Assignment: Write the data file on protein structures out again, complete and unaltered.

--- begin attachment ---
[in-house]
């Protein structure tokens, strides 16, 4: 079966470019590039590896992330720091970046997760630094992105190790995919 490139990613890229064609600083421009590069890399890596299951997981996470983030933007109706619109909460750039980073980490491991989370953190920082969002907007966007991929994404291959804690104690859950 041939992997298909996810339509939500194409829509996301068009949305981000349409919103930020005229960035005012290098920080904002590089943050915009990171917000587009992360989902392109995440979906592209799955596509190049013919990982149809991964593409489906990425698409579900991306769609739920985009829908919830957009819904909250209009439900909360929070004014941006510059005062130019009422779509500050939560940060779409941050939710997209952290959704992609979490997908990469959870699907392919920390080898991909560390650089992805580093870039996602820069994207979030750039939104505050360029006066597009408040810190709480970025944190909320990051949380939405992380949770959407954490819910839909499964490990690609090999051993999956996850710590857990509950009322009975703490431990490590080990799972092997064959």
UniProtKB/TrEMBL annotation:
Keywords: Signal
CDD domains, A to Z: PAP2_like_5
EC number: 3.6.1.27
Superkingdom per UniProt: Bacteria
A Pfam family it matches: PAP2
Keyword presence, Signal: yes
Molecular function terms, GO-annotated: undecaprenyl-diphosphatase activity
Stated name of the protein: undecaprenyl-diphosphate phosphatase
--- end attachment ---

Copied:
[in-house]
């Protein structure tokens, strides 16, 4: 079966470019590039590896992330720091970046997760630094992105190790995919 490139990613890229064609600083421009590069890399890596299951997981996470983030933007109706619109909460750039980073980490491991989370953190920082969002907007966007991929994404291959804690104690859950 041939992997298909996810339509939500194409829509996301068009949305981000349409919103930020005229960035005012290098920080904002590089943050915009990171917000587009992360989902392109995440979906592209799955596509190049013919990982149809991964593409489906990425698409579900991306769609739920985009829908919830957009819904909250209009439900909360929070004014941006510059005062130019009422779509500050939560940060779409941050939710997209952290959704992609979490997908990469959870699907392919920390080898991909560390650089992805580093870039996602820069994207979030750039939104505050360029006066597009408040810190709480970025944190909320990051949380939405992380949770959407954490819910839909499964490990690609090999051993999956996850710590857990509950009322009975703490431990490590080990799972092997064959």
UniProtKB/TrEMBL annotation:
Keywords: Signal
CDD domains, A to Z: PAP2_like_5
EC number: 3.6.1.27
Superkingdom per UniProt: Bacteria
A Pfam family it matches: PAP2
Keyword presence, Signal: yes
Molecular function terms, GO-annotated: undecaprenyl-diphosphatase activity
Stated name of the protein: undecaprenyl-diphosphate phosphatase